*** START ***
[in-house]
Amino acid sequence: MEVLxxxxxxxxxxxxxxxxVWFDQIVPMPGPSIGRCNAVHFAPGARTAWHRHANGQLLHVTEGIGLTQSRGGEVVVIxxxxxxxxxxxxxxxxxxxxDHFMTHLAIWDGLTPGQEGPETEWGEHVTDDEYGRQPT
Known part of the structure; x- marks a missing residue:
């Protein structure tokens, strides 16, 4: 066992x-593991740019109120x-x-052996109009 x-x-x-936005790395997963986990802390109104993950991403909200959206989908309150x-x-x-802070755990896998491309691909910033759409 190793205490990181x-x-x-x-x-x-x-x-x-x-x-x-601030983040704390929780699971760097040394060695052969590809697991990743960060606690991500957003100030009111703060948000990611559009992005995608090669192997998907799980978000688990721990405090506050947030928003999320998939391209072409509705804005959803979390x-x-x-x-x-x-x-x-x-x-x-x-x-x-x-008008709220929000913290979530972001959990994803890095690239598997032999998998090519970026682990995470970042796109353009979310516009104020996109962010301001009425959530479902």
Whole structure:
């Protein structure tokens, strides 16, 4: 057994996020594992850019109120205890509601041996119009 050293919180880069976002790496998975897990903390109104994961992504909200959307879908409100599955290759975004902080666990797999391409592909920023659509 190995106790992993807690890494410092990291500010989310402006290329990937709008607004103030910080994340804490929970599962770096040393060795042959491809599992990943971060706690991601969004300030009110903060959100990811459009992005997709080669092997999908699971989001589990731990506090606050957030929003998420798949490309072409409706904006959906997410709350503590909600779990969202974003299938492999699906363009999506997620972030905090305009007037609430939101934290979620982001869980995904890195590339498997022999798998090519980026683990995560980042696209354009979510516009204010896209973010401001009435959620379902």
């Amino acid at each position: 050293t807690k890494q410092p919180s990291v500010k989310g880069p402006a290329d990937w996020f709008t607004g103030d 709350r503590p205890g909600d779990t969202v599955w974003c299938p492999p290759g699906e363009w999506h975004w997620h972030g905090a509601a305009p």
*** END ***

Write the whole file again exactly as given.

[in-house]
Amino acid sequence: MEVLxxxxxxxxxxxxxxxxVWFDQIVPMPGPSIGRCNAVHFAPGARTAWHRHANGQLLHVTEGIGLTQSRGGEVVVIxxxxxxxxxxxxxxxxxxxxDHFMTHLAIWDGLTPGQEGPETEWGEHVTDDEYGRQPT
Known part of the structure; x- marks a missing residue:
């Protein structure tokens, strides 16, 4: 066992x-593991740019109120x-x-052996109009 x-x-x-936005790395997963986990802390109104993950991403909200959206989908309150x-x-x-802070755990896998491309691909910033759409 190793205490990181x-x-x-x-x-x-x-x-x-x-x-x-601030983040704390929780699971760097040394060695052969590809697991990743960060606690991500957003100030009111703060948000990611559009992005995608090669192997998907799980978000688990721990405090506050947030928003999320998939391209072409509705804005959803979390x-x-x-x-x-x-x-x-x-x-x-x-x-x-x-008008709220929000913290979530972001959990994803890095690239598997032999998998090519970026682990995470970042796109353009979310516009104020996109962010301001009425959530479902």
Whole structure:
């Protein structure tokens, strides 16, 4: 057994996020594992850019109120205890509601041996119009 050293919180880069976002790496998975897990903390109104994961992504909200959307879908409100599955290759975004902080666990797999391409592909920023659509 190995106790992993807690890494410092990291500010989310402006290329990937709008607004103030910080994340804490929970599962770096040393060795042959491809599992990943971060706690991601969004300030009110903060959100990811459009992005997709080669092997999908699971989001589990731990506090606050957030929003998420798949490309072409409706904006959906997410709350503590909600779990969202974003299938492999699906363009999506997620972030905090305009007037609430939101934290979620982001869980995904890195590339498997022999798998090519980026683990995560980042696209354009979510516009204010896209973010401001009435959620379902």
């Amino acid at each position: 050293t807690k890494q410092p919180s990291v500010k989310g880069p402006a290329d990937w996020f709008t607004g103030d 709350r503590p205890g909600d779990t969202v599955w974003c299938p492999p290759g699906e363009w999506h975004w997620h972030g905090a509601a305009p």